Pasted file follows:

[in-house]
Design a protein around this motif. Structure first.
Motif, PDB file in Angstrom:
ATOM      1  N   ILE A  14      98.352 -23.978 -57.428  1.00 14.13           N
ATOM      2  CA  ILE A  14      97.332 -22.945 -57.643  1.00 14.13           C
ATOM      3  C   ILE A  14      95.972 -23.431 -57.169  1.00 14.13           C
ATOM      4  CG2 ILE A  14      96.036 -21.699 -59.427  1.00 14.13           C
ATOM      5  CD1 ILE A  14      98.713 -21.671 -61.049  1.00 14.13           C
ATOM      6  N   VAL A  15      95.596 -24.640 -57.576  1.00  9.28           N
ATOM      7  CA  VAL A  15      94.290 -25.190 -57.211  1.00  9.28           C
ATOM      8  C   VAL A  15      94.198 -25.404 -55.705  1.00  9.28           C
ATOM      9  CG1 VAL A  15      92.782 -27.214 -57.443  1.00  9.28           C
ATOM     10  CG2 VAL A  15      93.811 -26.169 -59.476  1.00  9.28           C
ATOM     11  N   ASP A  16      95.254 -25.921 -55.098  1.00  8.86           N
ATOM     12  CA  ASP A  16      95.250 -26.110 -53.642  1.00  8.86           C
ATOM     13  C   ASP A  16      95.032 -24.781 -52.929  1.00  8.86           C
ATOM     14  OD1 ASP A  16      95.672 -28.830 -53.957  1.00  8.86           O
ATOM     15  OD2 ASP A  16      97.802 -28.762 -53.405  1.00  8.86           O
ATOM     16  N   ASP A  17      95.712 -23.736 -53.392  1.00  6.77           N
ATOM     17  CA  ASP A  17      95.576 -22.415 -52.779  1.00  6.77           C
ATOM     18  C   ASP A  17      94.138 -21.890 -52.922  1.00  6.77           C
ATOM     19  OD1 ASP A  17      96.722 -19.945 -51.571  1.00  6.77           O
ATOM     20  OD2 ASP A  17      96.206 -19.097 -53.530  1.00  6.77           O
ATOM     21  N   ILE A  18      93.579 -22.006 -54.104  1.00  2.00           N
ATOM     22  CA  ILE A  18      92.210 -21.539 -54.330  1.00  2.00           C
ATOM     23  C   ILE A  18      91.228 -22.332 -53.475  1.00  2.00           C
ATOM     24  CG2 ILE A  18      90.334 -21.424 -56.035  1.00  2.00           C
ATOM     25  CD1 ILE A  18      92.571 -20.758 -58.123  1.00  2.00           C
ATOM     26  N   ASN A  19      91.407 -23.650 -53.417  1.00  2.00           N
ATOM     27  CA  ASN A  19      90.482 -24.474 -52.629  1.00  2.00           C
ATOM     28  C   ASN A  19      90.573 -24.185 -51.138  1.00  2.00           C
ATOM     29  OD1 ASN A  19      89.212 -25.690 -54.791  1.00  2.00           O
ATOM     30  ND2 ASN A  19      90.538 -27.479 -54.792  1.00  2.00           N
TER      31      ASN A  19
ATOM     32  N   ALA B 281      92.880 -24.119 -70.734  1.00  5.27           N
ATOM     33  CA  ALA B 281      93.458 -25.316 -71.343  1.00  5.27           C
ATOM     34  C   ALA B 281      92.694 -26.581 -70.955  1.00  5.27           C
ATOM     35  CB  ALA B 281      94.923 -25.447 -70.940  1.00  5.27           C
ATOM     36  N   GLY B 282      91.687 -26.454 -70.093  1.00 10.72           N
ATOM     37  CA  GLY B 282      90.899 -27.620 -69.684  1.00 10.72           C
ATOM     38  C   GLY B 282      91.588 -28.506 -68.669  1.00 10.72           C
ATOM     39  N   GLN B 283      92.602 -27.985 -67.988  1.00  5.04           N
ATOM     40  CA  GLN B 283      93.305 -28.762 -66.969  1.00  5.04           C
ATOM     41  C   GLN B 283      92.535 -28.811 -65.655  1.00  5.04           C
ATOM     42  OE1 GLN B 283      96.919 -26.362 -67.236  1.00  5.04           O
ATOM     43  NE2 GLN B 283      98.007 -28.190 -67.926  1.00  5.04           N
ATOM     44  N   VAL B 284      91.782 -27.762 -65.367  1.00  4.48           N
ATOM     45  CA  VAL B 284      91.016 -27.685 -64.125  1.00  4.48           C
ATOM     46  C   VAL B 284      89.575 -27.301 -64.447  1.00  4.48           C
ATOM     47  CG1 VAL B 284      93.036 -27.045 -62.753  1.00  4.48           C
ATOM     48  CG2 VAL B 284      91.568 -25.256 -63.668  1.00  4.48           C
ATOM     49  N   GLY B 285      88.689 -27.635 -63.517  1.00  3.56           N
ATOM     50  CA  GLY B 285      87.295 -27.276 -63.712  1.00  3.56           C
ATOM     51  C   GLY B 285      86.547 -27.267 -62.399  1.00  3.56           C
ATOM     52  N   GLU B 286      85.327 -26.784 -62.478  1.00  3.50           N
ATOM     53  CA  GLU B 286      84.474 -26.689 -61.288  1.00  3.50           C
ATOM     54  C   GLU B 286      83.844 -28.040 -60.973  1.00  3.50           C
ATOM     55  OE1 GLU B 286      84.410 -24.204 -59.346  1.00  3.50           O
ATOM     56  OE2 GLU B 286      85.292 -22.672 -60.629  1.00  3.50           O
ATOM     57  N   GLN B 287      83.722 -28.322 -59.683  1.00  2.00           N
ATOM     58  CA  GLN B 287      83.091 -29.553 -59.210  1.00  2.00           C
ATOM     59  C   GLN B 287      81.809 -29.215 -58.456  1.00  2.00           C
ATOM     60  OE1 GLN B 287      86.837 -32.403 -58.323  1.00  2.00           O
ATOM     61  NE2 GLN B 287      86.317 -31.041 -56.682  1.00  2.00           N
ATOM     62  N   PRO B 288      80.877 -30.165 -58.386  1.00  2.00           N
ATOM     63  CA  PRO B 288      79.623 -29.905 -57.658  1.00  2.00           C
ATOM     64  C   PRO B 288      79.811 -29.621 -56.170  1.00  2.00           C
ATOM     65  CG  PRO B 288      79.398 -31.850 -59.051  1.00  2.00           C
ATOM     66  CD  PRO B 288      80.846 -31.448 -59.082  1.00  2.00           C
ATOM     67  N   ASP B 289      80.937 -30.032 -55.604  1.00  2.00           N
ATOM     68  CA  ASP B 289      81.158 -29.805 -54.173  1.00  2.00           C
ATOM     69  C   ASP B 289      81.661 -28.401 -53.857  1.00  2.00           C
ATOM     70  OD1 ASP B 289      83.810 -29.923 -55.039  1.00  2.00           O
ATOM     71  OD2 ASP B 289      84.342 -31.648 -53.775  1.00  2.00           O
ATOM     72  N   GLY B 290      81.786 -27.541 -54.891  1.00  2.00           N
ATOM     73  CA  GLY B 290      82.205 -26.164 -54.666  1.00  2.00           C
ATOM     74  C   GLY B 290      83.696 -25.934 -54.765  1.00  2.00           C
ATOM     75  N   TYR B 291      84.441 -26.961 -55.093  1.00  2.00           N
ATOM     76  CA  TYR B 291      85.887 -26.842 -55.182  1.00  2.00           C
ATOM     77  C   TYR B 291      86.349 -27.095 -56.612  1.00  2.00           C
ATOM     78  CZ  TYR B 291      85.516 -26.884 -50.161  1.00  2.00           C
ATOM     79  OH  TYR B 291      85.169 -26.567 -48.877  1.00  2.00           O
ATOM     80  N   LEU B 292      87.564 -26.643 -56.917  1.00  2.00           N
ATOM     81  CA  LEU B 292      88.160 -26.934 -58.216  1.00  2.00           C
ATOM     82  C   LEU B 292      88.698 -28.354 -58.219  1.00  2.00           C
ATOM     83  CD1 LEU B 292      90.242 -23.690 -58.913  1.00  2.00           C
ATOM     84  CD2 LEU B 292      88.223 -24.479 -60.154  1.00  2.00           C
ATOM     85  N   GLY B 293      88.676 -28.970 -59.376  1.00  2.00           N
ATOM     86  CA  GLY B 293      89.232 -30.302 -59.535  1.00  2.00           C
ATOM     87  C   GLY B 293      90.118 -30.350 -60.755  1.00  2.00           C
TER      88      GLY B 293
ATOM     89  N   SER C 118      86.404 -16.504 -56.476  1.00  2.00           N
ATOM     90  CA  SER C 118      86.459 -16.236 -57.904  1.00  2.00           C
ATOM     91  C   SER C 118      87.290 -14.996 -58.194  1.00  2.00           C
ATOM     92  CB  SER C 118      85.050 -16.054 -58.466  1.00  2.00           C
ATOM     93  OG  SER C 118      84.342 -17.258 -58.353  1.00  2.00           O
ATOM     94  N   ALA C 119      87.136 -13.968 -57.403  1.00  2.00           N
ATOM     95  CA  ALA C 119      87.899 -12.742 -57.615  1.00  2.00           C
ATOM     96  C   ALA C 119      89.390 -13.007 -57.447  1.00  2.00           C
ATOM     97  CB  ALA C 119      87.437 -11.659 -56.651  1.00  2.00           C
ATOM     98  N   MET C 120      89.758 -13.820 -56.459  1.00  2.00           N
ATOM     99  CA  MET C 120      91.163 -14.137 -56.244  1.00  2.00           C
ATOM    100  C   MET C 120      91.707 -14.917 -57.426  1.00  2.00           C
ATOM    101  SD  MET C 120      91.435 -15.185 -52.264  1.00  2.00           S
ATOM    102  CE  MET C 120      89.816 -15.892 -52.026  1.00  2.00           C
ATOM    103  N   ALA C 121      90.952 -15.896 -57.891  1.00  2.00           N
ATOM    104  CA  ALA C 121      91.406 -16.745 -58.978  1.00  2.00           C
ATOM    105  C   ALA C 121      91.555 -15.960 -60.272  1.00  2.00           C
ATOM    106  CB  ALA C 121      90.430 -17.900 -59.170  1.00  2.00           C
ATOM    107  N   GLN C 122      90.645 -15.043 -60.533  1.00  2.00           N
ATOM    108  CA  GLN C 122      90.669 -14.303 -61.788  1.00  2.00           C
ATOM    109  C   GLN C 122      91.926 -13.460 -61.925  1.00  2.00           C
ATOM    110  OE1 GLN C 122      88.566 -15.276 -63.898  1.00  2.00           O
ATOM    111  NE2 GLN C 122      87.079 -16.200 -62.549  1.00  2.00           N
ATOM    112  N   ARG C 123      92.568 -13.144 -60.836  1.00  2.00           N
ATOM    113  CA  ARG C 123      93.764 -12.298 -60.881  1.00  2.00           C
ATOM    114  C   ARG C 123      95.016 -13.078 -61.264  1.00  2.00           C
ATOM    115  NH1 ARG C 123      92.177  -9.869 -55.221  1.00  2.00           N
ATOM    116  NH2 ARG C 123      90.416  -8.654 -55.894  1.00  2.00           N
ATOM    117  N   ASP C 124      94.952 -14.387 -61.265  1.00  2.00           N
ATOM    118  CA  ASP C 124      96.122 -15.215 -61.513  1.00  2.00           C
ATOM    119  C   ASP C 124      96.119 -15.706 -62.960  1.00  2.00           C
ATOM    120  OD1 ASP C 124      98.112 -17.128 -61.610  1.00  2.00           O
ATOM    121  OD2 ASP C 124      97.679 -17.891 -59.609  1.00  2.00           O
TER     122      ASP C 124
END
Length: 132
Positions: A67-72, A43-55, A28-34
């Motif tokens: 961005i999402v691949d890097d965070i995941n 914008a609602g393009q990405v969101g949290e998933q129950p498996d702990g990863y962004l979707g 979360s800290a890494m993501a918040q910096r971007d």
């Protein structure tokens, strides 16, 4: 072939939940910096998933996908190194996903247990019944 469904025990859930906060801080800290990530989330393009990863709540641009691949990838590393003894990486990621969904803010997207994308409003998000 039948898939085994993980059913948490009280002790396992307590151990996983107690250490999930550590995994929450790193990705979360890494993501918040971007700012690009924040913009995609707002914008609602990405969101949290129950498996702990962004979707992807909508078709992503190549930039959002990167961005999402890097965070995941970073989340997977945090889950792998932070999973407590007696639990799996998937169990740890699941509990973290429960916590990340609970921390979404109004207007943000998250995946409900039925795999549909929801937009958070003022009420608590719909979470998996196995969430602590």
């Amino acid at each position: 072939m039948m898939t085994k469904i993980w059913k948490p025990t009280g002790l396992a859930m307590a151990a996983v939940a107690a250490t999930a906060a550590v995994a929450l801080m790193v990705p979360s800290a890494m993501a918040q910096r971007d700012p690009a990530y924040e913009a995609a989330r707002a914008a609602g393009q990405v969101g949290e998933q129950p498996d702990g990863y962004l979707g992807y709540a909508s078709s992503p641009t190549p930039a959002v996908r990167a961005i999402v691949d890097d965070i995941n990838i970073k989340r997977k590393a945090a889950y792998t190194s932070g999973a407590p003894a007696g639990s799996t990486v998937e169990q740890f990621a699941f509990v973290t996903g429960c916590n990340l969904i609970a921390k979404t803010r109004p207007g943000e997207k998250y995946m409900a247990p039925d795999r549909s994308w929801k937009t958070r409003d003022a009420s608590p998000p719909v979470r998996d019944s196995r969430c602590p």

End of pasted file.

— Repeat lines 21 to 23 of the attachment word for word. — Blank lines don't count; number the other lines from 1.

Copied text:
ATOM     18  C   ASP A  17      94.138 -21.890 -52.922  1.00  6.77           C
ATOM     19  OD1 ASP A  17      96.722 -19.945 -51.571  1.00  6.77           O
ATOM     20  OD2 ASP A  17      96.206 -19.097 -53.530  1.00  6.77           O